How environmental factors could provide for a young brain
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A stimulating environment keeps the “hippocampus”—which is the brain's main memory control center—"young,” according to a new study. Causes of this are molecular mechanisms that affect gene regulation. These current findings from studies in mice provide clues as to why an active, varied life can help preserve mental fitness in old age. The study appears in the journal Nature Communications.
Human DNA—and this also applies to mice—contains thousands of genes. However, it is not only the genetic blueprint that is decisive for the function of a cell and whether it is healthy or not, but above all those which are called “soft genes.” These are the ones that can be switched on or off according to an individual’s context, experience and environment.
Aging, living conditions and behavior are known to influence this ability to activate genes. The phenomenon, referred to as “epigenetics,” was the focus of the current study.
For this, researchers examined mice that had grown up in different environments: One group of animals experienced, from a young age, an “enriched” environment with toys and tunnel tubes. The rodents of a second group did not have such occupational opportunities. Like socially deprived kids.
When the scientists examined the genome, they found that in those mice that grew up in the stimulating environment, there was, with age, only a relatively small change in certain chemical tags of the DNA. In mice from the low-stimulus environment, the changes between the hippocampi of young and old animals were much more pronounced.
“We registered so-called methyl groups, which stick to the DNA,” explains the research group leader. “These chemical attachments do not alter the genetic information per se. Rather, they influence whether individual genes can be activated or not.”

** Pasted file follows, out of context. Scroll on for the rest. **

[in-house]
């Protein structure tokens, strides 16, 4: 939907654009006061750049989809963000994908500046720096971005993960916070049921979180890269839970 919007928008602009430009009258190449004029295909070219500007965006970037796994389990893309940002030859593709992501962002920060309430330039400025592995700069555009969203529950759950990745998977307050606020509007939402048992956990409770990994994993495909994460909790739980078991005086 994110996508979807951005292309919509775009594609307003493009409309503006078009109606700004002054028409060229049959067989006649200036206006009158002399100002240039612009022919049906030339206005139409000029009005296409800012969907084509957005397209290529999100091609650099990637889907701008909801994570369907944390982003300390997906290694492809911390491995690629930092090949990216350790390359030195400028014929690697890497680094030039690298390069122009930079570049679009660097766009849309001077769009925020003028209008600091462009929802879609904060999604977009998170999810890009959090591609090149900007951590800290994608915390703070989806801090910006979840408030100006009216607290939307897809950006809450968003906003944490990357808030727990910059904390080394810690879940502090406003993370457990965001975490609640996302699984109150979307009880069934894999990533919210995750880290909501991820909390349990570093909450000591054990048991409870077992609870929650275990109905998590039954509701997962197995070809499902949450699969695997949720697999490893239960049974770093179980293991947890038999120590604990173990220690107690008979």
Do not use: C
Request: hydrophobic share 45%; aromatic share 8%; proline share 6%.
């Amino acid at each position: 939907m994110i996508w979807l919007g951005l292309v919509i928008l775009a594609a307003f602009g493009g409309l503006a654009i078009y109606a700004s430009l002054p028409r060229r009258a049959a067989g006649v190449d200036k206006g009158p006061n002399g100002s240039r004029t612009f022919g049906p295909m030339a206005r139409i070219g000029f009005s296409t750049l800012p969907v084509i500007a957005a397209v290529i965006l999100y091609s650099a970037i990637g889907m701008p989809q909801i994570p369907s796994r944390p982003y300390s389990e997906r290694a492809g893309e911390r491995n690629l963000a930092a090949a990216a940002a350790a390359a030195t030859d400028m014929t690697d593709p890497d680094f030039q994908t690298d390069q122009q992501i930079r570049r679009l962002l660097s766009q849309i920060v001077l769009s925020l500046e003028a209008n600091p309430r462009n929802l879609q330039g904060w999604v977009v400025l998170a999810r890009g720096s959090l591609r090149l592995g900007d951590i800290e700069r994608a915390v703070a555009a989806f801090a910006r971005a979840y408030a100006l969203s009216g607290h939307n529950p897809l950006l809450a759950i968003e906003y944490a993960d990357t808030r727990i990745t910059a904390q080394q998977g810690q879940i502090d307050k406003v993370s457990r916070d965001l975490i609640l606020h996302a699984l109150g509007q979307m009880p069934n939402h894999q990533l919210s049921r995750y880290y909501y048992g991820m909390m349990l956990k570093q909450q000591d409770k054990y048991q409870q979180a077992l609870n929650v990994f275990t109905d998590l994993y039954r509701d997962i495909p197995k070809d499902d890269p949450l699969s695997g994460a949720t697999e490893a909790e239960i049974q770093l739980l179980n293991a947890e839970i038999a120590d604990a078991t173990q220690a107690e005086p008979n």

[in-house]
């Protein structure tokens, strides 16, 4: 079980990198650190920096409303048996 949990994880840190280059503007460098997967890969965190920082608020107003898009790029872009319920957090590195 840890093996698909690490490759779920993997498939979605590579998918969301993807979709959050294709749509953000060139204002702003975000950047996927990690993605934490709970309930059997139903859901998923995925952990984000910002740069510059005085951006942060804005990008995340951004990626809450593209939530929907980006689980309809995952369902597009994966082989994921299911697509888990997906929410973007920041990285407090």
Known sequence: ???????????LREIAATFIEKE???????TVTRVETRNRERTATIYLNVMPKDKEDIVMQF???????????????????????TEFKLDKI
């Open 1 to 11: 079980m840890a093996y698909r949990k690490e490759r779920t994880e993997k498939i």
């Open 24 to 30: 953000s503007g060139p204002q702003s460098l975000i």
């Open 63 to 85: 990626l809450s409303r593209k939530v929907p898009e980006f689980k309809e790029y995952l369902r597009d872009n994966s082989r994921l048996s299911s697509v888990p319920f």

Such “epigenetic markings” tend to diminish with age, but in the animals with stimulating living conditions, the decrease in methyl groups was comparatively small. Thus, in old mice raised in a varied environment, gene activity had, in a sense, remained young. This affected a series of genes relevant to growing new neurons and cellular connections in the hippocampus. “Epigenetically, these animals retained a younger hippocampus,” the researchers noted. Therefore, the brains of these mice were more malleable—experts speak of greater “neuroplasticity”—than in others of the same age that had grown up in a low-stimulus environment.
The lead author pointed out that many other studies have shown that mice raised in high-stimulus settings perform better on memory tests than those from low-stimulus environments. “It is fair to assume that this mental fitness is due to the stabilization of methylation patterns that we observed,” she said. “Of course, the question is to what extent our findings also apply to humans. However, we have good reasons to believe that the basic epigenetic principles are the same in humans as in mice.”
So, what? I have been bleating on for a long time that the so-called “diseases of old age,” including cognitive decline are not the products of aging per se, but rather of lifestyle and living and working conditions over time. Working in a boring job, having less opportunity to socialize, being economically deprived, staying in one place all your life, are all contrary to what I call our human “design specs.”
Some great recent research has shown that, as far as our DNA is concerned, work is essentially there for two reasons: for socializing and for having fun. The best jobs are, essentially, games people play together. The most productive workplaces are ones which provide variety of work, opportunities to socialize and fun. Not surprising since there are “young” people working there no matter how old they are.
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